Kenya’s Coco Chanel? African Luxury Is Getting Into Anthropologie, Harrods And Vogue

The McKinsey Global Institute once famously described the African economies as “lions on the move.” But today it’s the continent’s “Lionesses” who are moving luxury markets around the world.

Akosua Afriyie-Kumi, Swaady Martin and Adèle Dejak are all members of Lionesses of Africa—an entrepreneurship community with over 600,000 members that recently hosted Start-up Night! Africa in London in partnership with Standard Bank Wealth.

In Africa, not only do 26% of adult women run their own businesses, but they typically reinvest 90% of their profits back into their communities.

“Africa has the highest female entrepreneurship rates in the world,” Melanie Hawken the CEO of Lionesses of Africa, told Forbes.

We find out how these fabulous female founders have succeeded in selling African luxury to stores worldwide…

Swaady Martin,Adele Dejak and Akosua Afriyie-Kumi, founder of AAKS all Lions of African luxury

Founded in 2008, Adèle Dejak is the face of her own fashion accessory brand that’s stocked in boutiques in New York, Paris and Tokyo. She’s collaborated with electronics giant Samsung and Italian fashion house Salvatore Ferragamo as well as Vogue Talents Milan.

Kitty Knowles: What inspired you to start your business?

Adèle Dejak, founder of Adèle Dejak, Kenya

Adèle Dejak: My background is typographic design, which I studied at the London College of Design. But I’ve always been passionate about jewelry, and my grandmother’s style had a huge impact on me.

When my husband and I moved to Kenya in 2005 I started making traditionally-inspired jewelry for myself, but I stripped it down to create something completely new. And when I broke the rules, everyone was like “Oh my God, Adele, that’s amazing, can’t you do one for me?”

When demand got too much, I decided there was potential in a business. Now I have a shop at the Village Market mall in Nairobi, Kenya, as well as an online shop for B2B and direct sales.

What is the biggest challenge you’ve faced?

The biggest challenge is money, unfortunately.

I’m the sole financier of my business, and I’ve had this huge success alone without any financial capital. Interest rates, if I were to get a bank loan, are just astronomically high.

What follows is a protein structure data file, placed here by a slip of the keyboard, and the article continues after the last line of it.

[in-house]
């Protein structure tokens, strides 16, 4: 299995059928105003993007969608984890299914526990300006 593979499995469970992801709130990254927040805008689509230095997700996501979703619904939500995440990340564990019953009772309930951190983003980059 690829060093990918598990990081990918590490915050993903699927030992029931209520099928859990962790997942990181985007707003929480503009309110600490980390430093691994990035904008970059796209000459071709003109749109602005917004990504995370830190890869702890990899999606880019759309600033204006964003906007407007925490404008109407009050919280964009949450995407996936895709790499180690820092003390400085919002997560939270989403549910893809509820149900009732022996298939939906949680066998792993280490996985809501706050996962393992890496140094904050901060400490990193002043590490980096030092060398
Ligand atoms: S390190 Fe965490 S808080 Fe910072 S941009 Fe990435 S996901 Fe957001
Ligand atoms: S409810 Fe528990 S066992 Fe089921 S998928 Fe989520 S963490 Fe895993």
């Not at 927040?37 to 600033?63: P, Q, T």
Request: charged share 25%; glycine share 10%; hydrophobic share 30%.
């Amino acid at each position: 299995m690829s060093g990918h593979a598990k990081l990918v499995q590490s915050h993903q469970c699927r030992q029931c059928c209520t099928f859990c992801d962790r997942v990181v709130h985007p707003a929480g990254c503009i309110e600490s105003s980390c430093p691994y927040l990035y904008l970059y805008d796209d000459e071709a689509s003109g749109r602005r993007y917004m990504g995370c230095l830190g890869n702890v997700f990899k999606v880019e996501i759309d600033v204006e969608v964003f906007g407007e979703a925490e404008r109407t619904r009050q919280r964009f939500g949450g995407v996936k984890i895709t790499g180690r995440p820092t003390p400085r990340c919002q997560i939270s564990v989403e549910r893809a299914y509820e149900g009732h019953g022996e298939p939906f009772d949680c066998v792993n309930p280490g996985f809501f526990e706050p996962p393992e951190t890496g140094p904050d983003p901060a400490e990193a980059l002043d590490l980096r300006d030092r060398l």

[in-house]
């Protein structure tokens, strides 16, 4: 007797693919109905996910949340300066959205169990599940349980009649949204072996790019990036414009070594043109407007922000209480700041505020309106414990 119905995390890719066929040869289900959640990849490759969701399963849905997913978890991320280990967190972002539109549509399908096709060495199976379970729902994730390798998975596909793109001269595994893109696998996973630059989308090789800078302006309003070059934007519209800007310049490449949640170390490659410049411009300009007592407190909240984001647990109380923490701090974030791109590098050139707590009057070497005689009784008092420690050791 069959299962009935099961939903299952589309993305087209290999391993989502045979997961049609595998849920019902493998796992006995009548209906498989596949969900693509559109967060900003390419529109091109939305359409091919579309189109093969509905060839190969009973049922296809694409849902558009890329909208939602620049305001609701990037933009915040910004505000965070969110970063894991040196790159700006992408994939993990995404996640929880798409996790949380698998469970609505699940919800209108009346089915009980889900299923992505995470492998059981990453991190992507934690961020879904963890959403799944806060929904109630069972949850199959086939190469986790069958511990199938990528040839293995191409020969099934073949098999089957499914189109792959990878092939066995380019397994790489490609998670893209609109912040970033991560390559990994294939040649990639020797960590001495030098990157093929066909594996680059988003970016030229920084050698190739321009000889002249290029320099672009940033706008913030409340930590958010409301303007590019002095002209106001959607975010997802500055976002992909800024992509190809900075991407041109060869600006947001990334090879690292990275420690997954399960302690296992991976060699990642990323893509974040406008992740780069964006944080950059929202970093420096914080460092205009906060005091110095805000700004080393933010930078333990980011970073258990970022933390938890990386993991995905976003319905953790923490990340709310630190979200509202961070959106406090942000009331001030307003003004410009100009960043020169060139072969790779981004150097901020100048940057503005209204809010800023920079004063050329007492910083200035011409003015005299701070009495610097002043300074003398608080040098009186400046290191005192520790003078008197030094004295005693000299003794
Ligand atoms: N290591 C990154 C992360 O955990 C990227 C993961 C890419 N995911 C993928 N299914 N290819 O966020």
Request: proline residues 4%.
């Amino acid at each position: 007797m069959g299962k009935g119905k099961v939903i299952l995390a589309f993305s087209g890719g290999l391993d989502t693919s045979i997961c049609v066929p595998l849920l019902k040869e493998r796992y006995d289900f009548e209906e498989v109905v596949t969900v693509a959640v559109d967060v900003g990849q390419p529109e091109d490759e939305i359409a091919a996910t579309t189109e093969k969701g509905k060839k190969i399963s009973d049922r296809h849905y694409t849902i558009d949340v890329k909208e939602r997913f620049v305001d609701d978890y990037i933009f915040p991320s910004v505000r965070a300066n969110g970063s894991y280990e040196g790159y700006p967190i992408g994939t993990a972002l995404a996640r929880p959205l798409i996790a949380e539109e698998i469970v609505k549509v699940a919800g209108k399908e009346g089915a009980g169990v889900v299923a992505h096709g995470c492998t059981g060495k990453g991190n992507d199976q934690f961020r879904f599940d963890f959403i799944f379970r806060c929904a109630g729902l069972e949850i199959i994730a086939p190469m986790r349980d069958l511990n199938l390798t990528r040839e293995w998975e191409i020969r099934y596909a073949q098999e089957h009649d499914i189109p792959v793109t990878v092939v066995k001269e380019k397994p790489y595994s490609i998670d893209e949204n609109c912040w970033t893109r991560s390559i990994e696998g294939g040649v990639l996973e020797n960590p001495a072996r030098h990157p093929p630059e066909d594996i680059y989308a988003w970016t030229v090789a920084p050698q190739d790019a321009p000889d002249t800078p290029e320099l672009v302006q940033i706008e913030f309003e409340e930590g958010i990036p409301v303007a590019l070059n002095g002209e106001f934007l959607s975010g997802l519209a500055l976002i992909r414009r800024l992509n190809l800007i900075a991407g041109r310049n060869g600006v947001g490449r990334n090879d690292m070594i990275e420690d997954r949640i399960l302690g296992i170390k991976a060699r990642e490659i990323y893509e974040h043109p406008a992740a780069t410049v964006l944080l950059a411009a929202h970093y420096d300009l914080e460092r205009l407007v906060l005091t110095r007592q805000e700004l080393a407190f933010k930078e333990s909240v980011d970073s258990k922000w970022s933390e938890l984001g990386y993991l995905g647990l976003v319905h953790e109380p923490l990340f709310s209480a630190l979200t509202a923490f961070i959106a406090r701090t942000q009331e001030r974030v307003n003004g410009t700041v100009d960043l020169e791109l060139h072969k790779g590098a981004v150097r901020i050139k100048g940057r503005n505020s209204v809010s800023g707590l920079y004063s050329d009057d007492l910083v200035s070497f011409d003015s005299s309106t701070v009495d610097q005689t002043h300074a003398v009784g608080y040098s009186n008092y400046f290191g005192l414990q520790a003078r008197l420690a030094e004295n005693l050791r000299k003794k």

The machines I need cost $2,000 here, $1,000 dollars there—it all adds up.

We’ve also had a lot of political upheaval in Kenya. We had two elections in three months last year, causing huge problems left, right and center.

But the main challenge is that there’s no financial infrastructure to assist us. That’s my biggest headache.

What’s next?

My big dream would be to become the Coco Chanel of Africa. It doesn’t get bigger than that.

Recently I was approached by African Fashion International in South Africa, and I’ve just had an incredible show there. I was also just on CNN Africa who liked me so much they want to do a special Inside Africa segment on my vision of interpreting African tribes for the future.

I’ve also started doing my own photography, which is great because it keeps costs at a minimum and I can control how the brand aesthetic evolves. I’m also in partnership with the United Nations and work with Kakuma Refugee Camp training refugees how to make bags and jewelry.

Why invest in Africa’s female founders?

People can see there is talent, there is no money, and that we are driven by passion.

I don’t believe in handouts. I believe in assistance and getting returns. We mustn’t forget that the fashion business is a billion-dollar industry so there’s a huge amount of money to be made.

Swaady Martin, founder of Yswara, South Africa

Founded in 2012, the artisan tea company Yswara has become one of Africa’s leading gourmet brands. It exports to 17 countries and has been stocked in iconic stores like Selfridges and Harrods in London as well as BHV Paris. This year Martin has also founded mindful self-development platform, Shift Within, and diversity festival Tounche.

KK: What inspired you to start Yswara?

SM: Before I started Yswara I used to work for the big American corporate GE [General Electric] in infrastructure.

But I’ve always been passionate about making a difference in Africa, and for several centuries we’ve been exporting raw commodities that are not transformed on the continent.